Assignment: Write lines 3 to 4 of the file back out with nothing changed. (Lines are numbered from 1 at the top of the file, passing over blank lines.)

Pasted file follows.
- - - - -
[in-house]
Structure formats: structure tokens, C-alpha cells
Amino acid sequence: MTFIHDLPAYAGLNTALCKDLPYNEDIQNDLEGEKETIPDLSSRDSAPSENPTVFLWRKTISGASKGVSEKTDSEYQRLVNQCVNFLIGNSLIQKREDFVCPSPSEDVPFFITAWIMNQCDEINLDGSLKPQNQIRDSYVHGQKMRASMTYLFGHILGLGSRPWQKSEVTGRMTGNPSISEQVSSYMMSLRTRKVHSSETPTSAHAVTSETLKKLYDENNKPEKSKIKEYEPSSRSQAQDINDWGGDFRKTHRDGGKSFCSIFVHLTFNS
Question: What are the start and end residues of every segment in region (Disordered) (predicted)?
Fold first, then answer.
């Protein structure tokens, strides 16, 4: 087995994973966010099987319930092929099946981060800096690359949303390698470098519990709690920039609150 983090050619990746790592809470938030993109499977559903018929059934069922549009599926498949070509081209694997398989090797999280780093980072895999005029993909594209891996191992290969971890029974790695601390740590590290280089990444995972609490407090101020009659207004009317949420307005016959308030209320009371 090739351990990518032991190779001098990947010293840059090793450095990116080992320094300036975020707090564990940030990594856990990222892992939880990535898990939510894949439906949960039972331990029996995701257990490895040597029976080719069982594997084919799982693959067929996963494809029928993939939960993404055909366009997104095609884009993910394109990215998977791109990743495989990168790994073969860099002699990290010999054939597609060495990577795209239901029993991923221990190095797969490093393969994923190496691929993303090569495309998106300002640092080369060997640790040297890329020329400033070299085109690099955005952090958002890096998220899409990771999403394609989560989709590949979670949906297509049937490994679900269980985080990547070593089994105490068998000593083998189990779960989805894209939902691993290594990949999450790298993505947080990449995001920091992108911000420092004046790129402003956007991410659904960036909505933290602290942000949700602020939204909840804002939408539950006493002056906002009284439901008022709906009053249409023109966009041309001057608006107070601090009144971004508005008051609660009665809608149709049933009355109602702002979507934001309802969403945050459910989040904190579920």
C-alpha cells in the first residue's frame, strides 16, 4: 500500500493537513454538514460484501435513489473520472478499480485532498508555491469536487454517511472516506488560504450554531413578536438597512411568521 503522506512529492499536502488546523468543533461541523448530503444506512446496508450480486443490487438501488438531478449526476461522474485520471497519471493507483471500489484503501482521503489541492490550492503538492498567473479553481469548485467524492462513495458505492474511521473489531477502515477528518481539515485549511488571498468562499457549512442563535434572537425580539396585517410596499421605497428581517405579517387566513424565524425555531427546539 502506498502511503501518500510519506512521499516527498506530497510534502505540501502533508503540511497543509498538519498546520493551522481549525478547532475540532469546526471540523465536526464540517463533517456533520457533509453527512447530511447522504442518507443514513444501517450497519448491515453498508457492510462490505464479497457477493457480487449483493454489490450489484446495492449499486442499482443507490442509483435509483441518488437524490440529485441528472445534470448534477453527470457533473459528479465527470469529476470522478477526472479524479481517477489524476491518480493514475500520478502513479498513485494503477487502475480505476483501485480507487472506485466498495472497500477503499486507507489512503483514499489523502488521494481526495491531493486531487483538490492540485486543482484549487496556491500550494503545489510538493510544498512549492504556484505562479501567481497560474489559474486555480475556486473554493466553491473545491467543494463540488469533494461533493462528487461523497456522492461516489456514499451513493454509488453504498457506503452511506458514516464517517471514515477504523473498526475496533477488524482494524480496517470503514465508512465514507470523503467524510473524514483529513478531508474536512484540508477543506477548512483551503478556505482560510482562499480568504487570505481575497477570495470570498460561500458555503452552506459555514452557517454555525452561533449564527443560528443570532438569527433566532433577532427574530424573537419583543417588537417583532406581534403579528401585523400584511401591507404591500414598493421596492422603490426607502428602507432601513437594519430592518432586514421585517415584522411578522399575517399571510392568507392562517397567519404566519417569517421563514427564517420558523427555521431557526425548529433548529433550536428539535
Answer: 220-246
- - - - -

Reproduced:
Amino acid sequence: MTFIHDLPAYAGLNTALCKDLPYNEDIQNDLEGEKETIPDLSSRDSAPSENPTVFLWRKTISGASKGVSEKTDSEYQRLVNQCVNFLIGNSLIQKREDFVCPSPSEDVPFFITAWIMNQCDEINLDGSLKPQNQIRDSYVHGQKMRASMTYLFGHILGLGSRPWQKSEVTGRMTGNPSISEQVSSYMMSLRTRKVHSSETPTSAHAVTSETLKKLYDENNKPEKSKIKEYEPSSRSQAQDINDWGGDFRKTHRDGGKSFCSIFVHLTFNS
Question: What are the start and end residues of every segment in region (Disordered) (predicted)?